Vučedol Culture Museum

Vukovar, Croatia

The Vučedol archaeological site is located on the right bank of the Danube River. Both sides along the pass towards the Danube make up the archaeological site, on the left is the Karasović Vineyard, and on the right is a large complex which include the Streim Vineyard, the Streim Cornfield and artificially separated from them is a little plateau known as Gradac, which with later excavations was confirmed as being the metallurgical and cult centre of the site. Vučedol is one of the most significant archaeological sites in Europe.

The first investigations of the site date back to 1897. This attractive location was first inhabited in about 6,000 B.C. at the time of the first farmers, and more or less it was inhabited intensively through the whole of prehistory. The period between 3,350 – 2,300 B.C. was the most intensive period of its existence and in that period it was undoubtedly the most significant European centre. Since this was also the time of the early settlements of Troy (Troy I and II) many analogies can also be found with the archaeological material from Vučedol. More precisely, we can also characterise Vučedol as the European Troy by its contemporaneousness, but even more so by the continental significance of the site and its finds.

Archaeological excavations to date are able to very precisely reconstruct the daily life and customs of four cultural phenomena which in that time swept through Vučedol (Baden, Kostolac, Vučedol and Vinkovci). It was a turbulent time of the immigration of the first Indo-Europeans and their relationship with the natives, the blending of material cultures and religions. Each of the above-mentioned cultures had its own interesting separate destiny in Vučedol, however the most detailed one able to be reconstructed is the Vučedol which also gave its name to this site. Vučedol reached a real peak in the intensity of settlement right in the period of the Vučedol Culture (3,000 – 2,500 B.C.). Excavations show that the culture was literally born in this area and that for a long time it was its most significant centre. This cultural phenomenon at its peak completely or partially covered 14 of today’s European countries – the Czech Republic, Slovakia, Austria, Hungary, Romania, Slovenia, Italy, Croatia, Bosnia and Herzegovina, Serbia, Montenegro, Kosovo, Albania and one settlement has even been registered in Eastern Greece.

Vučedol Culture Museum was established in 2013 as a national museum. This is the result of many years of efforts in Vučedol because its character is classified in the first row of archaeological parks and entered in the archaeological map of this part of Europe.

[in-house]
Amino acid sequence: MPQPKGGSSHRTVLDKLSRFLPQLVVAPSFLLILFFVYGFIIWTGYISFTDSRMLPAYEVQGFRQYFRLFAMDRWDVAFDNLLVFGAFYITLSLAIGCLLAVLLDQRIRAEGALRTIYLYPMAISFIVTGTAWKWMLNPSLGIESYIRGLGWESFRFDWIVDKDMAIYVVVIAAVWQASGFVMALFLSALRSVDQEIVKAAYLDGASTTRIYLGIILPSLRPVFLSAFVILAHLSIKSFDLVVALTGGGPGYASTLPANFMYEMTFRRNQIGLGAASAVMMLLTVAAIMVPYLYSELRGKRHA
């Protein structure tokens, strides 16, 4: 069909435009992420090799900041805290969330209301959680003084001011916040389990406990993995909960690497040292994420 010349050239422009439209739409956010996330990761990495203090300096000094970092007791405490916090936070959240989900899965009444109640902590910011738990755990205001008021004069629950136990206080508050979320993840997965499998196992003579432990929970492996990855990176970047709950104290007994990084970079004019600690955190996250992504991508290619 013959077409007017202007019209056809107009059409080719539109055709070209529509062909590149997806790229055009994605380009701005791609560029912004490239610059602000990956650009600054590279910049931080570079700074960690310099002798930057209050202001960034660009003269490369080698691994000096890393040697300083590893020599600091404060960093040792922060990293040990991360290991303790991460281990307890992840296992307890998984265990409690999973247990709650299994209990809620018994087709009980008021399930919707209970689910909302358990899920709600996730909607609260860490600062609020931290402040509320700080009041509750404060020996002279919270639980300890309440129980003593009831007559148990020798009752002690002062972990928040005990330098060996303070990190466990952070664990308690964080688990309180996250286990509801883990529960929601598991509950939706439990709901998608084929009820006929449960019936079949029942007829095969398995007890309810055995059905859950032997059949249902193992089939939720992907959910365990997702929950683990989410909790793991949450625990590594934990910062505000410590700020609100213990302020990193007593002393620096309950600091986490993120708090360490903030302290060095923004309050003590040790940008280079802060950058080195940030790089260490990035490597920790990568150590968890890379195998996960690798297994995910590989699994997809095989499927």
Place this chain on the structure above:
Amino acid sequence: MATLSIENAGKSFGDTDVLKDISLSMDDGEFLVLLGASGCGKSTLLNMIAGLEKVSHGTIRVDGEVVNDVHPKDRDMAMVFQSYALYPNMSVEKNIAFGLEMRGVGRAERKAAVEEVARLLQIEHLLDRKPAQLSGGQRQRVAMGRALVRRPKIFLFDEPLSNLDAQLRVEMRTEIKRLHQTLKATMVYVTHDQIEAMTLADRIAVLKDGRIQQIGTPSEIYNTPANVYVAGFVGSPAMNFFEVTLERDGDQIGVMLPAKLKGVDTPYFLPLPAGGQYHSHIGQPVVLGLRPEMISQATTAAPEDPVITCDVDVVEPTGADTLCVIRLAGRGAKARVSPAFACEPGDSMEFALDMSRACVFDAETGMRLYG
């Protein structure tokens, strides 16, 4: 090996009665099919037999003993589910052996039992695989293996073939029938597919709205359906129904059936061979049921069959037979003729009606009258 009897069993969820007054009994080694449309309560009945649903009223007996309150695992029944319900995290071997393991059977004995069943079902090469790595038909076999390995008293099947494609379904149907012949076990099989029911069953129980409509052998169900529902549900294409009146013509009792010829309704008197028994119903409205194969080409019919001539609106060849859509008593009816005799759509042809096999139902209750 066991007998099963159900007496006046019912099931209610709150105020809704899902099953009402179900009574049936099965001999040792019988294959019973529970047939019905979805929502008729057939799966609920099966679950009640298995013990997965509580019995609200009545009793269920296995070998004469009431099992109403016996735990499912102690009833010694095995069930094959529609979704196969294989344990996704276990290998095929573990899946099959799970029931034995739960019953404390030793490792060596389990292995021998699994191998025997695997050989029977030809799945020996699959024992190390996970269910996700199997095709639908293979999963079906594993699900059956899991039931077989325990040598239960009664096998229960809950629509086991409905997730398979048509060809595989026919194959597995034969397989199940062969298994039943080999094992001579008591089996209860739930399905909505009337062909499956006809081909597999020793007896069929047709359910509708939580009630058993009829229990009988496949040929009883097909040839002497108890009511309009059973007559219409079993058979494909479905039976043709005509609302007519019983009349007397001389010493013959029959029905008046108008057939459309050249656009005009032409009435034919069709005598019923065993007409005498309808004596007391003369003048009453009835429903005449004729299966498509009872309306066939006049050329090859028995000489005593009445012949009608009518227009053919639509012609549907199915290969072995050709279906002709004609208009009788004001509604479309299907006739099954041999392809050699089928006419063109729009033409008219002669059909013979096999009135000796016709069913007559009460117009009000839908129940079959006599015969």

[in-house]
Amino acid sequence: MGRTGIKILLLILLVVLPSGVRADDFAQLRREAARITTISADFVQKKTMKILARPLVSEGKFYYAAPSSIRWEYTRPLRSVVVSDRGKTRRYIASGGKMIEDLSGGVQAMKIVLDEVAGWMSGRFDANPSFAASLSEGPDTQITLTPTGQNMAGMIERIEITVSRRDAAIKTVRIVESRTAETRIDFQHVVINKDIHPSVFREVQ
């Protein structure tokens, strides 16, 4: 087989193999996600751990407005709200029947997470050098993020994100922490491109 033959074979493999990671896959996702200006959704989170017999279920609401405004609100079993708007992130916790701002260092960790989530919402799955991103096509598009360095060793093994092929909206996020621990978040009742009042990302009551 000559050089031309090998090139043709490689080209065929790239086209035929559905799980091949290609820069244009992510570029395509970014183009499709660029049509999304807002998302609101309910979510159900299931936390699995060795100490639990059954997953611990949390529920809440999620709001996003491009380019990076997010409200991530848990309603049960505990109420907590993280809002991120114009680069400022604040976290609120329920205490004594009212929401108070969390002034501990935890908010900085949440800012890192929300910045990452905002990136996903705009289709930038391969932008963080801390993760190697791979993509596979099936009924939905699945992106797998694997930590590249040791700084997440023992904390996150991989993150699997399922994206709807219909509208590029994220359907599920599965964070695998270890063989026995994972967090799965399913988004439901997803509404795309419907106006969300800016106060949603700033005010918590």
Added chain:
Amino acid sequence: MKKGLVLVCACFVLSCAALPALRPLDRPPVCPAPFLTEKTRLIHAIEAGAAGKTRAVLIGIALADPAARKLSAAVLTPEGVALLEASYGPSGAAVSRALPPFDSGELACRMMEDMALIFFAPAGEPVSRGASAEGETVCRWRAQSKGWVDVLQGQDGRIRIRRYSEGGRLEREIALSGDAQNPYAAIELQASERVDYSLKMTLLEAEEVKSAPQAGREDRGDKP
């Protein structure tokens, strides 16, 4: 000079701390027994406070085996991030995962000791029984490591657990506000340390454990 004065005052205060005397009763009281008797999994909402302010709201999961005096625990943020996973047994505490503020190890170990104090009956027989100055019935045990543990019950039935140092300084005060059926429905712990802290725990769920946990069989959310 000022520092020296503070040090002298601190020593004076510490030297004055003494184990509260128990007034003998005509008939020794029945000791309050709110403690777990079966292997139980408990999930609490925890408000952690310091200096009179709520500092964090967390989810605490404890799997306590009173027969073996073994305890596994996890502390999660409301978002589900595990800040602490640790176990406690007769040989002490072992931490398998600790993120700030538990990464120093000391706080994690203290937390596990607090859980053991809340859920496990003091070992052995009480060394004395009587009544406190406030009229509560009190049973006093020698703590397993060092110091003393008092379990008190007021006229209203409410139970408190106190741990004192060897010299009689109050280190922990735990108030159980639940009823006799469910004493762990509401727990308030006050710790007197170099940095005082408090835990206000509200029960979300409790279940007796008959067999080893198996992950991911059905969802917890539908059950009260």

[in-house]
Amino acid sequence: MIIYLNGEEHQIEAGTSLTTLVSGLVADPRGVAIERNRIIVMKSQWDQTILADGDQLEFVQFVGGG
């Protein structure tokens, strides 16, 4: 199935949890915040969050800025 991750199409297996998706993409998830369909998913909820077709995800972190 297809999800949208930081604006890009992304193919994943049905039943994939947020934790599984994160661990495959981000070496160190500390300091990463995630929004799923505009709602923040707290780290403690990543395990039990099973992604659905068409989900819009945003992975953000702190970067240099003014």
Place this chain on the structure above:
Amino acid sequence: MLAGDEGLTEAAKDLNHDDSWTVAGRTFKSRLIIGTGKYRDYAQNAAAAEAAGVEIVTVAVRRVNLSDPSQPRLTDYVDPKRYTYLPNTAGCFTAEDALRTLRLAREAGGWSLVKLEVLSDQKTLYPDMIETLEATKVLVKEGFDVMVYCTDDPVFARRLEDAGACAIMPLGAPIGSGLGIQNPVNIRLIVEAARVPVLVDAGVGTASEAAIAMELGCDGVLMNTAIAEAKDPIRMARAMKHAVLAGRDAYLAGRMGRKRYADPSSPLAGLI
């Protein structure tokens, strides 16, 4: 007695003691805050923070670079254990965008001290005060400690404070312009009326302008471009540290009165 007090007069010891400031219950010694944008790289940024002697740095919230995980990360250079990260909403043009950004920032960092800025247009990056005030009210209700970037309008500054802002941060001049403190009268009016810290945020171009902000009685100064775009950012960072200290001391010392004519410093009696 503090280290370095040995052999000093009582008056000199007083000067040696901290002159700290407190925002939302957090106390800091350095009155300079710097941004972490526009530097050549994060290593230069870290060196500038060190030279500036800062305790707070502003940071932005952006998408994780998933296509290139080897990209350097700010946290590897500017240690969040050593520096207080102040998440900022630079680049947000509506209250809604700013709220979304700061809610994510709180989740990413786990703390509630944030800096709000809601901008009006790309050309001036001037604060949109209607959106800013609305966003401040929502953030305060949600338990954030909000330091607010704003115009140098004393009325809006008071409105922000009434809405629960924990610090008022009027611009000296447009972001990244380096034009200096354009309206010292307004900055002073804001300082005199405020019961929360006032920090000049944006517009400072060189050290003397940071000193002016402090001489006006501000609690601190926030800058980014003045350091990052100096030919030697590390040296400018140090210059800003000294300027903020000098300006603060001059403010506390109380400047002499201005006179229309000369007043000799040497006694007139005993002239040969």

References:

Comments

Your name



Details

Founded: 2013
Category: Museums in Croatia

More Information

en.wikipedia.org

Rating

4.7/5 (based on Google user reviews)

User Reviews

Robert Duras (2 years ago)
Excellent museum. Well worth a visit. Family ticket is cheap. Only 8euro.
Mirela Marovic Omerzu (2 years ago)
Place to visit when in eastern parts of Croatia. Museum itself is a beautiful modern building, the story about Vucedol culture is very well told and presented. It’s a fun place for the whole family. We enjoyed the visit very much
Krešimir Kerek (2 years ago)
Great building, great exhibition, lousy maintenance and lazy personnel.
The Real True Duck (2 years ago)
Very lovely museum, the tour guides explain everything thoroughly and are easy to understand. They have lots of beautiful archeological items. No complaints.
advaitacarya das (2 years ago)
Great concept to form a museum on the bank of the river Dunav below the vineyards of the area. Content and flow of the museum is lacking dynamic and moves in predictable line without creative spikes. Something to look into it is nearby food options. If you are in the area don't miss out on this architectural masterpiece.
Powered by Google

Featured Historic Landmarks, Sites & Buildings

Historic Site of the week

Redipuglia World War I Memorial

Redipuglia is the largest Italian Military Sacrarium. It rises up on the western front of the Monte Sei Busi, which, in the First World War was bitterly fought after because, although it was not very high, from its summit it allowed an ample range of access from the West to the first steps of the Karstic table area.

The monumental staircase on which the remains of one hundred thousand fallen soldiers are lined up and which has at its base the monolith of the Duke of Aosta, who was the commanding officer of the third Brigade, and gives an image of a military grouping in the field of a Great Unity with its Commanding Officer at the front. The mortal remains of 100,187 fallen soldiers lie here, 39,857 of them identified and 60,330 unknown.